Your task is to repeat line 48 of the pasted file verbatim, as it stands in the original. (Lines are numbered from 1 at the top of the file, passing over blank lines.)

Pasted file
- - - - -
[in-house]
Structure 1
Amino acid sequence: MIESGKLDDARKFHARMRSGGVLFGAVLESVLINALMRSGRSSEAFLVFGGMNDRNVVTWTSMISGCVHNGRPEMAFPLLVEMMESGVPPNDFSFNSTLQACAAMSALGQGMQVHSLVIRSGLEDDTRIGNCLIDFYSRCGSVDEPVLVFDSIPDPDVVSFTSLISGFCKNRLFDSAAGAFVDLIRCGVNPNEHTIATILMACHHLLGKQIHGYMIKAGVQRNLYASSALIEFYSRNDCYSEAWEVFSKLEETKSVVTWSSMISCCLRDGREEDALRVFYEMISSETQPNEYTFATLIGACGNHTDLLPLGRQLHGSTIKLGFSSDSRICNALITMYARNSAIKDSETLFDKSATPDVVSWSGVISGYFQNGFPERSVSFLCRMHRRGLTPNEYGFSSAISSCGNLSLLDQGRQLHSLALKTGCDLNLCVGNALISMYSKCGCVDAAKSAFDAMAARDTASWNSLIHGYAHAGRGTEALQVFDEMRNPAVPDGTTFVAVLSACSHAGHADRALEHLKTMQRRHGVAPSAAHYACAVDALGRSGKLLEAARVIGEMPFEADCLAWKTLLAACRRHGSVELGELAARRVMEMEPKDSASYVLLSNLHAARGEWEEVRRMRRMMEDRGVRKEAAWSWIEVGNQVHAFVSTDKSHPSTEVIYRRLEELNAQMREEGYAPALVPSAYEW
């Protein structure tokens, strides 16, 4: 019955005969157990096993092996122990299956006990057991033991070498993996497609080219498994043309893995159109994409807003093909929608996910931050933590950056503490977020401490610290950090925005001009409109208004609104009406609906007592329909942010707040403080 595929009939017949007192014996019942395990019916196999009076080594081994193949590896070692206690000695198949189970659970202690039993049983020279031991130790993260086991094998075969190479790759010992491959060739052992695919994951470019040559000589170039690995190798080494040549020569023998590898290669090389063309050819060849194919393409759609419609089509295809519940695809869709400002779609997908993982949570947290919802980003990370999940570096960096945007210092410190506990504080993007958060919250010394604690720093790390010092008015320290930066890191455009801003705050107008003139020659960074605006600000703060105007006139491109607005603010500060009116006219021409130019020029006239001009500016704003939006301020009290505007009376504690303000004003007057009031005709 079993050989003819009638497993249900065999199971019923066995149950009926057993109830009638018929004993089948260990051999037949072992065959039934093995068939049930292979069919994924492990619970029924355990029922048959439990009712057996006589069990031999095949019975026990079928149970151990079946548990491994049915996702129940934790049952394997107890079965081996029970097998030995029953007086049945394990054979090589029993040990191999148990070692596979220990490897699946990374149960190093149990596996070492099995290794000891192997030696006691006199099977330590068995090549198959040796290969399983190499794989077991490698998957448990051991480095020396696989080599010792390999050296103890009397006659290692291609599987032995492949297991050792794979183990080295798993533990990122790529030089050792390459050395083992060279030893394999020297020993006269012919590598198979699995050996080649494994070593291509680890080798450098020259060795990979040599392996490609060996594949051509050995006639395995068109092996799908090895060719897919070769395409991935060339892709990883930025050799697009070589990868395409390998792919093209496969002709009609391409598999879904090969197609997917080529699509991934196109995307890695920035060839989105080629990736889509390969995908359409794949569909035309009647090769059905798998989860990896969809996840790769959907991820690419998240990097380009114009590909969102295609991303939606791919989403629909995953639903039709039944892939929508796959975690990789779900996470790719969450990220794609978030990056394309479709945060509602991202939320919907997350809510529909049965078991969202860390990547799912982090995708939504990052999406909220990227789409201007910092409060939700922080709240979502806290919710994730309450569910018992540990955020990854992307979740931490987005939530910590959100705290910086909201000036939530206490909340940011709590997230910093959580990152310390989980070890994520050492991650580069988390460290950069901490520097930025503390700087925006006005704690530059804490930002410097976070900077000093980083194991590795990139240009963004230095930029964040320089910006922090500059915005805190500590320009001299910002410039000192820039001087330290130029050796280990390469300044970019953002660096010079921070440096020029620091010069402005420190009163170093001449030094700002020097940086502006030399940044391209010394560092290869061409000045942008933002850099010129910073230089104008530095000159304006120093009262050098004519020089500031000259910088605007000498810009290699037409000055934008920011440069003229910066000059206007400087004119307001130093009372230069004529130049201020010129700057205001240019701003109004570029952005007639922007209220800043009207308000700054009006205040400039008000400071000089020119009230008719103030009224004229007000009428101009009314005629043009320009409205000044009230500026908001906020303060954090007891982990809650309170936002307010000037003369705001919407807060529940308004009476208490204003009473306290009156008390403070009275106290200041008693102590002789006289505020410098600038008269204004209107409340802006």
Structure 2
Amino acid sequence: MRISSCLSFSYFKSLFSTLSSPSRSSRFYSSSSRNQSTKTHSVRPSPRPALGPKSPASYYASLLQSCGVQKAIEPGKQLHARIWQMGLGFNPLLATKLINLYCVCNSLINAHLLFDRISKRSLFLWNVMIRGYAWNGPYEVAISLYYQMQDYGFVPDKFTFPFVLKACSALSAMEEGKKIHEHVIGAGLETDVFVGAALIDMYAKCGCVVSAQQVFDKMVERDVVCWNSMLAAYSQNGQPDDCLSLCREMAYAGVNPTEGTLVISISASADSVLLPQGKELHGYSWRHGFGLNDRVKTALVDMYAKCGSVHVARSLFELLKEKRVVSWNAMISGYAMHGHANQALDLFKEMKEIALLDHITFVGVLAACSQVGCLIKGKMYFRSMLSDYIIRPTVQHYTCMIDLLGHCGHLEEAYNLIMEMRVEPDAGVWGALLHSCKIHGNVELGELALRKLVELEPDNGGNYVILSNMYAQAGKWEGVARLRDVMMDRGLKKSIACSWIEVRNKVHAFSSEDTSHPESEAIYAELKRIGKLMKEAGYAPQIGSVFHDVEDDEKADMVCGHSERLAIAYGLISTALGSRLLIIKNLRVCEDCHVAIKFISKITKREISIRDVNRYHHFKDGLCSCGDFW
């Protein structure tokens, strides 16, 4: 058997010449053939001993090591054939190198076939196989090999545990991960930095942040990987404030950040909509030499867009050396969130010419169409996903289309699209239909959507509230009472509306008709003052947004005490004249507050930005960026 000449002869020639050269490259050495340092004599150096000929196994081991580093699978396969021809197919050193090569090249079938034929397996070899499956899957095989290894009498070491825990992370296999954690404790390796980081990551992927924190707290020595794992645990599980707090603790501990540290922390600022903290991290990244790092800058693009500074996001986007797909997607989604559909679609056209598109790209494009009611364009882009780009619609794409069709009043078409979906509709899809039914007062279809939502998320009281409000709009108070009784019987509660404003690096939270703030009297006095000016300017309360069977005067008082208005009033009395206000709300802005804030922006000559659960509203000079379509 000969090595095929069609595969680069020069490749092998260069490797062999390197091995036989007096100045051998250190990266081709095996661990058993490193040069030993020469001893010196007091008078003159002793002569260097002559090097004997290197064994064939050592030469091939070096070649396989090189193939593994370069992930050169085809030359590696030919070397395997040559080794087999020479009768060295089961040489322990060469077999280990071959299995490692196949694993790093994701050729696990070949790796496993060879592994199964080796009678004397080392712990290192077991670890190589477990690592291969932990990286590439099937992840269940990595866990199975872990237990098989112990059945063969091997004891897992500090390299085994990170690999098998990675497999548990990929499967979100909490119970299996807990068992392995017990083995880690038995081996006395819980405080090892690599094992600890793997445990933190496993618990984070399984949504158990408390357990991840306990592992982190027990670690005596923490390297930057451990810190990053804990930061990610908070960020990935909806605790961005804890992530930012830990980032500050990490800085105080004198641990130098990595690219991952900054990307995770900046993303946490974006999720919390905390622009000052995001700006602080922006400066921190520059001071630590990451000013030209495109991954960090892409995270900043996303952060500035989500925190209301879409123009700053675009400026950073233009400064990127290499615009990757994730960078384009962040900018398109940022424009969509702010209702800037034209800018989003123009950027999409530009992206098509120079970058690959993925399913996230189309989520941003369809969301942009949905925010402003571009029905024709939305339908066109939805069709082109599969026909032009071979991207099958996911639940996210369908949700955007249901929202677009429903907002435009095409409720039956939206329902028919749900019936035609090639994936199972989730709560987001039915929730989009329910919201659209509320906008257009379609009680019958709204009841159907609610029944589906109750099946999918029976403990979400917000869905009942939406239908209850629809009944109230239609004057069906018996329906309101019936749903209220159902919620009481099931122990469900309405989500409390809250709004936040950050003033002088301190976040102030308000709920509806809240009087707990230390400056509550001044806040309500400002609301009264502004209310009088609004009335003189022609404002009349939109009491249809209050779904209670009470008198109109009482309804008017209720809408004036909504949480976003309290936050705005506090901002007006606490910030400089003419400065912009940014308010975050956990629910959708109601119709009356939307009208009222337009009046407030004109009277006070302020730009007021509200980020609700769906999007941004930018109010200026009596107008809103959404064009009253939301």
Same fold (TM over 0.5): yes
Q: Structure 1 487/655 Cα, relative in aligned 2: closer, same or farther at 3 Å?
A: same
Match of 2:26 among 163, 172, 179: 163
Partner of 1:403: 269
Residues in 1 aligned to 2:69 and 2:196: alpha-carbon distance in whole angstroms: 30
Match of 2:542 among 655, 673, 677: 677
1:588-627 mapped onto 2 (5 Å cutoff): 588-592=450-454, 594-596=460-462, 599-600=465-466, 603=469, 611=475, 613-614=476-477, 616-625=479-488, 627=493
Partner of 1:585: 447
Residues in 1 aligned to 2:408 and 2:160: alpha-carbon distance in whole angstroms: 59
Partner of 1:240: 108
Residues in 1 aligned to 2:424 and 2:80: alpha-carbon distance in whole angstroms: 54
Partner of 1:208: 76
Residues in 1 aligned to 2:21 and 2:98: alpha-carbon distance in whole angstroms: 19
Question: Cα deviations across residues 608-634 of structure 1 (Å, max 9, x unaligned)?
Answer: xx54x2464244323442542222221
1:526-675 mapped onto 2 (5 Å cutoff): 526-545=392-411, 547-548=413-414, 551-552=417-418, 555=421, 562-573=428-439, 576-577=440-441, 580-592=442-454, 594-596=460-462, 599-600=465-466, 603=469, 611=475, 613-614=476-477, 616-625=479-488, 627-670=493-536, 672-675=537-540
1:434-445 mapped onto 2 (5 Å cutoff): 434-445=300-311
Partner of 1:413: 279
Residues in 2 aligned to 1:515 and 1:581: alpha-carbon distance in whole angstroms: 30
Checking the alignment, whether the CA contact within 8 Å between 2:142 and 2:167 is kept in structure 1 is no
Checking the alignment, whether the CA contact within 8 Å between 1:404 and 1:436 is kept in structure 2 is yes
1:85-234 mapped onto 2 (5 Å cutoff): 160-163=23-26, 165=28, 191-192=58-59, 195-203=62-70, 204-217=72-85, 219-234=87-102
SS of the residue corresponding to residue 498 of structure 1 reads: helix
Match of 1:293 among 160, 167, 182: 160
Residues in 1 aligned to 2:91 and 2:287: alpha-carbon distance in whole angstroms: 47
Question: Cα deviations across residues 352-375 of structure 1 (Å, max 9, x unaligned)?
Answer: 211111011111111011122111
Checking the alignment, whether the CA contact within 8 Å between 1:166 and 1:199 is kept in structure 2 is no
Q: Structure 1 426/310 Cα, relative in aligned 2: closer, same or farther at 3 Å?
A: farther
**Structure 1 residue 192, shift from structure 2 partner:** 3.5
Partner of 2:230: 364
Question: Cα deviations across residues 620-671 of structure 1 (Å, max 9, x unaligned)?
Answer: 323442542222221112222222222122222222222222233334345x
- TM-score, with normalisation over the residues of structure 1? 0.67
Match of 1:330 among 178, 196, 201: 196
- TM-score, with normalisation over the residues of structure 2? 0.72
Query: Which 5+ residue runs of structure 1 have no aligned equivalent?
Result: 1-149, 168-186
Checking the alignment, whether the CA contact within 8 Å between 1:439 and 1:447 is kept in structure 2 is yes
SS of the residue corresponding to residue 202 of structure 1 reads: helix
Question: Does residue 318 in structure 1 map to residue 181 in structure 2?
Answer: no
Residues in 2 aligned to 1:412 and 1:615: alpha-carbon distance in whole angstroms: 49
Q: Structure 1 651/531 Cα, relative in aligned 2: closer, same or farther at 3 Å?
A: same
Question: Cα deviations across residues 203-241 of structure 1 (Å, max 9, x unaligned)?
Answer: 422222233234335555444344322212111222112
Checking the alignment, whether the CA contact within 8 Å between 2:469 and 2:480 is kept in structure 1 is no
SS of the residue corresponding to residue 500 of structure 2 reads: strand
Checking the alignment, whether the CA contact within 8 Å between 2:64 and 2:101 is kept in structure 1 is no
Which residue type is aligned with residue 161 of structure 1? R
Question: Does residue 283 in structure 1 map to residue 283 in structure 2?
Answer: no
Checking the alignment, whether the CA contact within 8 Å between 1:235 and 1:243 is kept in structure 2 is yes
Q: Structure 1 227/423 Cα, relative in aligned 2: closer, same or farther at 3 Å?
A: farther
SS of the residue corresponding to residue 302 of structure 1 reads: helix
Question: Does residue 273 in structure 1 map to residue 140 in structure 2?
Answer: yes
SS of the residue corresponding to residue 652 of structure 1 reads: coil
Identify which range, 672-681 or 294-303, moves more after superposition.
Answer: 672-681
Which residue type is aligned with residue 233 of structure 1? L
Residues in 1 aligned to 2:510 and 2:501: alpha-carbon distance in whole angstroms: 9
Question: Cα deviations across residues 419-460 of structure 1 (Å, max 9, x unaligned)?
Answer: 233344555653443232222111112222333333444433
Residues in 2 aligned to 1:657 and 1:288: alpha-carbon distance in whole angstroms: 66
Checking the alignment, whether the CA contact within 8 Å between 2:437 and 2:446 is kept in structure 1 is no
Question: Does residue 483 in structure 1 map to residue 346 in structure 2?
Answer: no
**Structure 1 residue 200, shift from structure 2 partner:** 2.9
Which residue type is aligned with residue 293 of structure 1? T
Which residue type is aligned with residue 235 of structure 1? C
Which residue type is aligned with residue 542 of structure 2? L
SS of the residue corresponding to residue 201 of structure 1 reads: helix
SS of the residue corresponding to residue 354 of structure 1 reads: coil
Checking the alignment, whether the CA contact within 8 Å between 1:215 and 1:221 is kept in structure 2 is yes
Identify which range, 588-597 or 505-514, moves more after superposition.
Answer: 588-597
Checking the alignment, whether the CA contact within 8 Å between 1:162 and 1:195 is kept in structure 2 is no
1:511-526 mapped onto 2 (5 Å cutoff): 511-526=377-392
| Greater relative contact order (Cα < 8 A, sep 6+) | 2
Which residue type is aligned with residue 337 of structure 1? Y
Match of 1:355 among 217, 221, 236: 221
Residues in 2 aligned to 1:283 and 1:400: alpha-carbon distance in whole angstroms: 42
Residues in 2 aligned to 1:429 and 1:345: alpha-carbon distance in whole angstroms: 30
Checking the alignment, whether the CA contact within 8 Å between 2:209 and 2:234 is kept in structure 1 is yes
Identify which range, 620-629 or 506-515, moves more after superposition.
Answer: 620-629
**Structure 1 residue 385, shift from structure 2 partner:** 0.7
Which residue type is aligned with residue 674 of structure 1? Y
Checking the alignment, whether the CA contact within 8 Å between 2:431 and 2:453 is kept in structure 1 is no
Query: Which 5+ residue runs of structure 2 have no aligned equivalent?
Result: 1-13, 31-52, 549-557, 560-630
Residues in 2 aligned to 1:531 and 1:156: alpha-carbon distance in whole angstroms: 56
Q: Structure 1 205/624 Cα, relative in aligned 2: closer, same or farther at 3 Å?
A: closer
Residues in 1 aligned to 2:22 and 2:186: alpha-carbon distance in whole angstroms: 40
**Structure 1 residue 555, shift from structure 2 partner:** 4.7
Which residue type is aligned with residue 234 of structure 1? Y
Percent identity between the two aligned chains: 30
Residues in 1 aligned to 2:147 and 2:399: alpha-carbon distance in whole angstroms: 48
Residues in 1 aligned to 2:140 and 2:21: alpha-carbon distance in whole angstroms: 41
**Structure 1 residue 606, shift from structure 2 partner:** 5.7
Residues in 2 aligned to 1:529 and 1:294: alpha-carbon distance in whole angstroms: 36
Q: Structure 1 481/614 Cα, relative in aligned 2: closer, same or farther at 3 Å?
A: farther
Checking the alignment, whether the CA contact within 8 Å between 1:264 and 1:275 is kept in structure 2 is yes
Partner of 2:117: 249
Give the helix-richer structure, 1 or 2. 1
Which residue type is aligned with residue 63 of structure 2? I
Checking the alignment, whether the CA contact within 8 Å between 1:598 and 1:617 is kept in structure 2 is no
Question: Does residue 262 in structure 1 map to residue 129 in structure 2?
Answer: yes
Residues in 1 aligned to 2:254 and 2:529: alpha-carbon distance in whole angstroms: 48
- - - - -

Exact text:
Checking the alignment, whether the CA contact within 8 Å between 1:439 and 1:447 is kept in structure 2 is yes